12 Mar 2018

Lisa Rabasca Roepe

Photo courtesy of Pexels/Tim Gouw

Tighter workspaces have made it tricker to manage office dynamics.

If you find yourself getting annoyed when your co-worker eats a smelly lunch, chatters endlessly with another colleague, talks too loud on the phone or forgets to clean up after him or herself, you’re alone. A recent study by Olivet Nazarene University found that 100% of respondents get annoyed with their colleagues. And, typically it’s not just one co-worker who gets on our nerves—73% said two to five co-workers are annoying on a regular basis.

The most common grievances? Nearly half (49%) said loudness and complaining, followed by gossip and bullying (32%).

In a separate study by Comparably, 45% percent of women and 33% of men say they have a co-worker who makes them want to quit their job. Another Comparably 36% of employees, age 25 or younger, say their co-workers’ political beliefs impact their working relationships.

With all the emphasis on open office space and co-working arrangements, it’s much harder to manage interpersonal interactions, says Nancy Halpern, principal at KNH Associates in New York City. “There’s not a lot of soundproofing,” she says. “If you encourage open, frequent, daily exchanges without any boundaries, people are going to complain and gossip.”

According to the study, 78% of respondents said they’ve confronted their co-workers about their behavior. However, nearly half (47%) said, rather than confront their co-worker directly, they’ve asked another colleague to speak to annoying co-worker.

Being confrontational or enlisting your colleague to talk with your co-worker typically doesn’t help. “Constantly being on a colleague for their behavior or office etiquette isn’t going to make them a better co-worker,” says Jill Santopietro Panall, owner and chief consultant at 21Oak HR Consulting, LLC in Boston. Here’s what to do instead.

Determine what you can control

Instead of asking your colleague to change their behavior, consider whether you can mitigate the problem on your own, Panall says. If a co-worker is a loud talker, try noise-canceling headphones, or if their fan is making you too cold, put on a sweater.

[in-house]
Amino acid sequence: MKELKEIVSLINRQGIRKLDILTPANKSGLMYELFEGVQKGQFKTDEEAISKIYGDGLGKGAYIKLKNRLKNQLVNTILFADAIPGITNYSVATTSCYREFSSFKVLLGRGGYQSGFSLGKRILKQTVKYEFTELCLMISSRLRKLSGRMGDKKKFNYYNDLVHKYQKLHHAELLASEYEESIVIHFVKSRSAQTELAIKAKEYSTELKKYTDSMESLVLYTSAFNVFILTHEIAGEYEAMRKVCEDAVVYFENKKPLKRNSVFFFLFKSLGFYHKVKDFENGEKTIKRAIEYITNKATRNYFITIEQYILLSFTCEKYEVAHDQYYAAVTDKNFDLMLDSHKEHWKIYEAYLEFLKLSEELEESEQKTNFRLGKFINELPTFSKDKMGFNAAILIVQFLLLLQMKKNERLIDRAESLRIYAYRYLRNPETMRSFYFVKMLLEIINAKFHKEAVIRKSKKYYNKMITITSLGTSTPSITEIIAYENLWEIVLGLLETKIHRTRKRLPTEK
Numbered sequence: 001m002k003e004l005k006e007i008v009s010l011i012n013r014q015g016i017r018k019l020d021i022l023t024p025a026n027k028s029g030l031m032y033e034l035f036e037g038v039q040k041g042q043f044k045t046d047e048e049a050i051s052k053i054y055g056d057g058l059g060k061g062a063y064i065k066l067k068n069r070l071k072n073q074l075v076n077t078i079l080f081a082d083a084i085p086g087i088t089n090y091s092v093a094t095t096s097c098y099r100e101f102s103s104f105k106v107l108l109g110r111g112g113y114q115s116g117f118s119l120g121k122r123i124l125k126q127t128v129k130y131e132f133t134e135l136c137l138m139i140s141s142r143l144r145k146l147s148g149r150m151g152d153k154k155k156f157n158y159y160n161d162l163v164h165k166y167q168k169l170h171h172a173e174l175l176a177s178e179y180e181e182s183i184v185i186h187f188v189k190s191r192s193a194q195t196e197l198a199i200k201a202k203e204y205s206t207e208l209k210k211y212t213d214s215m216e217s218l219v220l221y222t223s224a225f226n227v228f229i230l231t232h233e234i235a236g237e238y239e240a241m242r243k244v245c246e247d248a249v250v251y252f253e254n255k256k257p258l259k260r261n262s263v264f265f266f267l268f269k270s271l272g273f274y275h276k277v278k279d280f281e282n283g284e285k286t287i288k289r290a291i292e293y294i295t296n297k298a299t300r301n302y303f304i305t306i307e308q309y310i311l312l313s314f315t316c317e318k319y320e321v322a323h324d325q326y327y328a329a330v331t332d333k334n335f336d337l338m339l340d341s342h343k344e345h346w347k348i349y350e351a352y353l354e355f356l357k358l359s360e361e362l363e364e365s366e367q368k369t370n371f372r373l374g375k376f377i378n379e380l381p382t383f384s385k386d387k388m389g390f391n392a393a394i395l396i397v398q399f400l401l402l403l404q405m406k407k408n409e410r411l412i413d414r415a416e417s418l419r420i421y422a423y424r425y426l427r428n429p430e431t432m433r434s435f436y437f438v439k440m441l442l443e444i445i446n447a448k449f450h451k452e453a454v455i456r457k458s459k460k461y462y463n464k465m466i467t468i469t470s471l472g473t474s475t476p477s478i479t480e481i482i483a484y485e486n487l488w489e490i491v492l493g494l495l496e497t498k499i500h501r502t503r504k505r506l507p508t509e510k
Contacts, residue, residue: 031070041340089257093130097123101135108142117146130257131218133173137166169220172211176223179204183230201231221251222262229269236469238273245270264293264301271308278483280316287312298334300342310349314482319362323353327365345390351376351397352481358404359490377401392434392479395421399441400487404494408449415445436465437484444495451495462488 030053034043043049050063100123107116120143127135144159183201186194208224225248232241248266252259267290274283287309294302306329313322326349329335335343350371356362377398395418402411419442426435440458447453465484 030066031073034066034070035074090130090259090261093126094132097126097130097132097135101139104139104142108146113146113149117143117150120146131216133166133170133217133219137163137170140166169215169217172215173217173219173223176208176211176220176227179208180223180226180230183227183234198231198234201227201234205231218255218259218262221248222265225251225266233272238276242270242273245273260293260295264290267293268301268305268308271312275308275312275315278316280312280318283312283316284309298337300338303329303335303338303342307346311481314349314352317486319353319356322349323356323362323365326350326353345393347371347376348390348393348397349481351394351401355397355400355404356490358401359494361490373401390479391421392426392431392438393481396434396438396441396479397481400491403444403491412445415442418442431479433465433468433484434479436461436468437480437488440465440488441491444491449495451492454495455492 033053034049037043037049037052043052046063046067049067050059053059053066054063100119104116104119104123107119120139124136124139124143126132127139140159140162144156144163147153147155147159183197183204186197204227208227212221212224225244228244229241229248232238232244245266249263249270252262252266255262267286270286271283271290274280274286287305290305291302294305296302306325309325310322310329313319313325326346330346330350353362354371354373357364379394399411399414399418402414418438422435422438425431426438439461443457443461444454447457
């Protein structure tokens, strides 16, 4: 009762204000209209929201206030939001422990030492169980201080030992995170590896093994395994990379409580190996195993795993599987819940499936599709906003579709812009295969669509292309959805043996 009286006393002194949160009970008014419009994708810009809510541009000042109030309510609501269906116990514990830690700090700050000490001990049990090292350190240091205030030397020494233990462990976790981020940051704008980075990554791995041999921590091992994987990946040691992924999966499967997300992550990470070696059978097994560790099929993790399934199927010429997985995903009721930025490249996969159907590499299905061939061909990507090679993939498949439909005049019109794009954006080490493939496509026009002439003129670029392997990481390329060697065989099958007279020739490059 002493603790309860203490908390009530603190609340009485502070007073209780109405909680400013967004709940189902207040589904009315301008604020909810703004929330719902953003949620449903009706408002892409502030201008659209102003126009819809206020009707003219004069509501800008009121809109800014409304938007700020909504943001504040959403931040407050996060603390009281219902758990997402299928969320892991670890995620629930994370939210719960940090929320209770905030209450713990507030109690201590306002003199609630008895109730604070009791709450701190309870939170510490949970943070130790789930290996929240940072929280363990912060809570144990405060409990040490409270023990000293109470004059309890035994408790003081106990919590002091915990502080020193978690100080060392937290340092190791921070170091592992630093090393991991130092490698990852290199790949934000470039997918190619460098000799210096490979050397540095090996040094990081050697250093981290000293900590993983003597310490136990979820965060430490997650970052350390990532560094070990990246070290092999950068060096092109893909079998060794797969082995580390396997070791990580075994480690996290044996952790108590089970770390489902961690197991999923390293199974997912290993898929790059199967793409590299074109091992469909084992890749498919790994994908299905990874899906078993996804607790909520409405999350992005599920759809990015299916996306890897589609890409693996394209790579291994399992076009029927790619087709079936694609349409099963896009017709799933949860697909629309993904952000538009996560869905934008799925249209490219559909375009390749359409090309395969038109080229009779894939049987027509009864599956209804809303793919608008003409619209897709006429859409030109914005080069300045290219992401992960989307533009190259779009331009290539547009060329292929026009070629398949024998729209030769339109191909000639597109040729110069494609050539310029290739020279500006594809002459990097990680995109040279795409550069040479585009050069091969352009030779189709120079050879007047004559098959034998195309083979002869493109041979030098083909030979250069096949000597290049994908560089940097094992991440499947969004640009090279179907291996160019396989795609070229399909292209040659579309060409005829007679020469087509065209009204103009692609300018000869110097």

Explain the impact of their behavior

Rather than saying, “It drives me nuts when you yell across the cubes to ask Joe a question,” tell your co-worker, “I’ve observed that you often will yell across the cubes to ask Joe a question. The impact of that is if I’m talking on the phone when you yell to Joe, I can’t hear the person on the other end of the phone. Perhaps you could walk over to Joe’s cube to talk with him?”

Don’t make it personal

It’s doubtful your co-worker is intentionally spending the afternoon shelling peanuts at his desk just to drive you up the wall. “The hardest thing to realize is they aren’t doing it to annoy you,” Panall says. “They’re just doing it in the same space you’re in.”

Frame it as a favor

Your co-worker might not realize the entire office can hear every phone conversation and they might thank you for this information. Rather than telling her to stop talking so loud, you could say, “I don’t know if you noticed, but when you talk on the phone, your voice gets really loud and everyone can hear every word you say. I’m sure that’s not what you want.”

Say thank you

Negative feedback is never easy to hear so take a minute to thank them for listening to your feedback, Halpern says. Tell them you appreciate their efforts to make a change.

Read the full article here.
This content was originally published by Forbes Magazine. Original publishers retain all rights. It appears here for a limited time before automated archiving. By Forbes Magazine

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